HOW to improve your church website’s search results

If someone moved into your community and Googled “churches in [your city],” would they find you? Do a quick search on Google and Google Maps. Does your church show up on the first page? People search for everything from random questions to the mysteries of the universe. Does your church website offer answers to questions that people are asking? If it does, can people find them?

If people can’t find you, then keep reading to learn how to meet and greet people where they are looking for you (Google, Yahoo, Bing, etc.) You may know some search-engine optimization (SEO) basics, but to get maximum online exposure, you must continually learn about new SEO algorithms and strategy. Here are some of the latest best practices, along with tutorial images.


Claim Your Google+ Local page: In May of 2012, Google migrated from Google Places to Google+ Local. The most important thing to be aware of is that you must verify your Google Places listing on Google+ Local or else you may no longer be the verified owner of the older listing. After the verification process, you will be able to take advantage of all the latest new features. Be sure to include welcoming photos, videos, links and other relevant information to direct people to your church website, services or ministries.

Many churches haven’t claimed their old listing, so verify now and Google will favor your new listing over other unclaimed listings that don’t have as many features. You might even find your church’s Google+ listing at the top of search results … that is, until everyone else gets the memo.

Stack the Reviews: Google+ Local will automatically pull reviews from other popular sites. So encourage members or visitors to leave reviews on Google, Bing, Yelp, CitySearch and YellowPages. A good rule of thumb is to have around 10 reviews.

Use Target Words in Event Postings: If your site posts church events, be sure to optimize those postings. People unfamiliar with your church probably will not look for the names of specific events or even use the phrasing of the church. Families probably will not look for “Fancy-Named Consignment Sale,” but they will look for “The Best Consignment Sale in Lexington, KY.” People also will look for “Halloween Children’s Events in Olympia, WA” instead of a generic “Children’s Activities.”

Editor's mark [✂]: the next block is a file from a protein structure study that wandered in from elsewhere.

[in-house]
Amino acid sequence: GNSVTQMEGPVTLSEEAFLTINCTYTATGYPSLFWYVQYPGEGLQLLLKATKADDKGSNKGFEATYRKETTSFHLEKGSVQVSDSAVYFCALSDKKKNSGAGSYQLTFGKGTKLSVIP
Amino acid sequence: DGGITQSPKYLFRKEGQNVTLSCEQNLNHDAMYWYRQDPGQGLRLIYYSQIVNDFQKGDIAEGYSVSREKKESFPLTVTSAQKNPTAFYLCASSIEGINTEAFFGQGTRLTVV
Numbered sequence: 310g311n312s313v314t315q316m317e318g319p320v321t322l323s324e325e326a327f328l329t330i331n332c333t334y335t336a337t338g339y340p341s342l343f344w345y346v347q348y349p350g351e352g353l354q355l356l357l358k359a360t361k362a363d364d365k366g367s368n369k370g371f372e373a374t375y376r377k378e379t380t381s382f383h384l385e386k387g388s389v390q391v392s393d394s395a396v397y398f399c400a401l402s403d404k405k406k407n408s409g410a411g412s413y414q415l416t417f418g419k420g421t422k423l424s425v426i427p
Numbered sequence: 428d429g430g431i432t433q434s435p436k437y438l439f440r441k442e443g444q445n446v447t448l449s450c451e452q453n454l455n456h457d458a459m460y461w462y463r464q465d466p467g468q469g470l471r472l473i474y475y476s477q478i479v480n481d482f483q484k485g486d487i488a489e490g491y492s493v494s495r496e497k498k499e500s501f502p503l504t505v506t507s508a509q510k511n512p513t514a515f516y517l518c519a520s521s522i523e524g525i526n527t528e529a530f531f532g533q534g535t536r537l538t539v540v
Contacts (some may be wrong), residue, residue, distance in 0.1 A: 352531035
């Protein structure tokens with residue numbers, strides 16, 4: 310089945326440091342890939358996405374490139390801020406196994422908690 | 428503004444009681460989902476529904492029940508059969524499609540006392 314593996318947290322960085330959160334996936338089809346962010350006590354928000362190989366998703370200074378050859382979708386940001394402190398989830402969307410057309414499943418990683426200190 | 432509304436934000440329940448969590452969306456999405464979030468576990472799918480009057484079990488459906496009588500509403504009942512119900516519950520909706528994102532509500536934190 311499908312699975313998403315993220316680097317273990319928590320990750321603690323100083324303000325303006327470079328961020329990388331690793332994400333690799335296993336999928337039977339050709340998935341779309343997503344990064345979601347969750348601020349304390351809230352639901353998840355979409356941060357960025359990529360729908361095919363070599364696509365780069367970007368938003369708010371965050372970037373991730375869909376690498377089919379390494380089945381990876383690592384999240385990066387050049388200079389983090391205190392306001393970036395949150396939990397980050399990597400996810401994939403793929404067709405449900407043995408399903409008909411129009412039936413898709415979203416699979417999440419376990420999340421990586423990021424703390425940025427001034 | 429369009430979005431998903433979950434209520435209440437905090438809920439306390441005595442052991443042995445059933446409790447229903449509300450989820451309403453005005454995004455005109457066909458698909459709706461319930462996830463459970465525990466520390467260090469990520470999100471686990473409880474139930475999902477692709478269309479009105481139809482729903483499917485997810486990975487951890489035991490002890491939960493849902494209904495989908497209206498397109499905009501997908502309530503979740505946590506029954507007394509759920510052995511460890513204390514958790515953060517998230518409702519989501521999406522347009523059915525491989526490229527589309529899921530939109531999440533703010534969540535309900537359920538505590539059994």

Be Consistent: As you update information on the search engines and site listings, be sure that you are consistent. Use the same email for contact. Write phone numbers in the exact same way. Spell out “Avenue” or abbreviate “Ave.” It does not matter how you write the information as long as it follows a consistent style.

Keyword Research: Do you know what people are searching for? Google AdWords provides a greatkeyword tool to research the items for which people are searching.

The AdWords keyword tool identifies search terms or phrases that people use related to a keyword. It also will give a “competition” score, which indicates how many other websites use a particular keyword or phrase. The higher the competition for a keyword or phrase, the harder it is to rank high in search results if you use that keyword or phrase. To optimize, compare a few similar keywords and use the one that has a lower competition rank and a higher number of searches.

In the article Give your church website an SEO tune-up, we encourage the use of Google Trends, which is another great tool for measuring the popularity of keywords in a particular area during a specific period of time. You can compare keywords, much like AdWords, but Google Trends narrows the data to cities, whereas AdWords only pulls data by country. This allows you to compare keywords to see which is more popular in your local area. Trends may not have a “competition” score, but it excels in listing words or news stories that are “hot” right now. To optimize, develop Web content that ties Biblical or spiritual lessons with what’s trending.